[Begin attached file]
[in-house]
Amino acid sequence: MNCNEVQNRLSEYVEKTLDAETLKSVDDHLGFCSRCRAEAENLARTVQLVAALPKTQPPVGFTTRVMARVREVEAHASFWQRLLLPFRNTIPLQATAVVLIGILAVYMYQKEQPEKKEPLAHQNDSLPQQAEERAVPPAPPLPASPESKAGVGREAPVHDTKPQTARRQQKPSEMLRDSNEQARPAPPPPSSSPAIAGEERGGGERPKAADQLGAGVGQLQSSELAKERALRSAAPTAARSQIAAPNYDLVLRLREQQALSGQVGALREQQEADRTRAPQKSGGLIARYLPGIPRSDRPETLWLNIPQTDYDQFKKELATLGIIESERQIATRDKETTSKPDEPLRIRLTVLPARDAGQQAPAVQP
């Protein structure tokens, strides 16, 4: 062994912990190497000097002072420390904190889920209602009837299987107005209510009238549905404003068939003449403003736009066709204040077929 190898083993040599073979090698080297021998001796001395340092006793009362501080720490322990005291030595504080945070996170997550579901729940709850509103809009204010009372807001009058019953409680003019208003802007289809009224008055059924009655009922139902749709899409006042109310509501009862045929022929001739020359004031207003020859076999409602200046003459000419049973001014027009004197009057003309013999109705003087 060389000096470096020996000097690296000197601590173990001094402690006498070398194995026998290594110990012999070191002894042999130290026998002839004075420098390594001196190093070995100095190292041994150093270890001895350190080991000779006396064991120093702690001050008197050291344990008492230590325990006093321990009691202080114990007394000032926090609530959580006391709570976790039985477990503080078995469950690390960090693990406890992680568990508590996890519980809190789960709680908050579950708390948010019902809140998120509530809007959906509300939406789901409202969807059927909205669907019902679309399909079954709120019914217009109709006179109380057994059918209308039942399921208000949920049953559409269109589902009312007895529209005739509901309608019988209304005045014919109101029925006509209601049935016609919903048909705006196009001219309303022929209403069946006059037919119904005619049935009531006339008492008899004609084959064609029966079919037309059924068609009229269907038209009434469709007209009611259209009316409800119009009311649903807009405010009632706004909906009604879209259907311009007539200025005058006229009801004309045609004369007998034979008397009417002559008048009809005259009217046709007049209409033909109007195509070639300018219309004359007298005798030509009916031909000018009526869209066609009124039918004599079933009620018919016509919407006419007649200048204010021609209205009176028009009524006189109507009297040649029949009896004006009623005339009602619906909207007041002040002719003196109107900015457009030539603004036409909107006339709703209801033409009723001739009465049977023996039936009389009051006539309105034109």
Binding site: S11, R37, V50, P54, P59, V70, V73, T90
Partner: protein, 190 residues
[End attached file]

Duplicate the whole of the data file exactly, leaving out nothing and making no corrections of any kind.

[in-house]
Amino acid sequence: MNCNEVQNRLSEYVEKTLDAETLKSVDDHLGFCSRCRAEAENLARTVQLVAALPKTQPPVGFTTRVMARVREVEAHASFWQRLLLPFRNTIPLQATAVVLIGILAVYMYQKEQPEKKEPLAHQNDSLPQQAEERAVPPAPPLPASPESKAGVGREAPVHDTKPQTARRQQKPSEMLRDSNEQARPAPPPPSSSPAIAGEERGGGERPKAADQLGAGVGQLQSSELAKERALRSAAPTAARSQIAAPNYDLVLRLREQQALSGQVGALREQQEADRTRAPQKSGGLIARYLPGIPRSDRPETLWLNIPQTDYDQFKKELATLGIIESERQIATRDKETTSKPDEPLRIRLTVLPARDAGQQAPAVQP
């Protein structure tokens, strides 16, 4: 062994912990190497000097002072420390904190889920209602009837299987107005209510009238549905404003068939003449403003736009066709204040077929 190898083993040599073979090698080297021998001796001395340092006793009362501080720490322990005291030595504080945070996170997550579901729940709850509103809009204010009372807001009058019953409680003019208003802007289809009224008055059924009655009922139902749709899409006042109310509501009862045929022929001739020359004031207003020859076999409602200046003459000419049973001014027009004197009057003309013999109705003087 060389000096470096020996000097690296000197601590173990001094402690006498070398194995026998290594110990012999070191002894042999130290026998002839004075420098390594001196190093070995100095190292041994150093270890001895350190080991000779006396064991120093702690001050008197050291344990008492230590325990006093321990009691202080114990007394000032926090609530959580006391709570976790039985477990503080078995469950690390960090693990406890992680568990508590996890519980809190789960709680908050579950708390948010019902809140998120509530809007959906509300939406789901409202969807059927909205669907019902679309399909079954709120019914217009109709006179109380057994059918209308039942399921208000949920049953559409269109589902009312007895529209005739509901309608019988209304005045014919109101029925006509209601049935016609919903048909705006196009001219309303022929209403069946006059037919119904005619049935009531006339008492008899004609084959064609029966079919037309059924068609009229269907038209009434469709007209009611259209009316409800119009009311649903807009405010009632706004909906009604879209259907311009007539200025005058006229009801004309045609004369007998034979008397009417002559008048009809005259009217046709007049209409033909109007195509070639300018219309004359007298005798030509009916031909000018009526869209066609009124039918004599079933009620018919016509919407006419007649200048204010021609209205009176028009009524006189109507009297040649029949009896004006009623005339009602619906909207007041002040002719003196109107900015457009030539603004036409909107006339709703209801033409009723001739009465049977023996039936009389009051006539309105034109």
Binding site: S11, R37, V50, P54, P59, V70, V73, T90
Partner: protein, 190 residues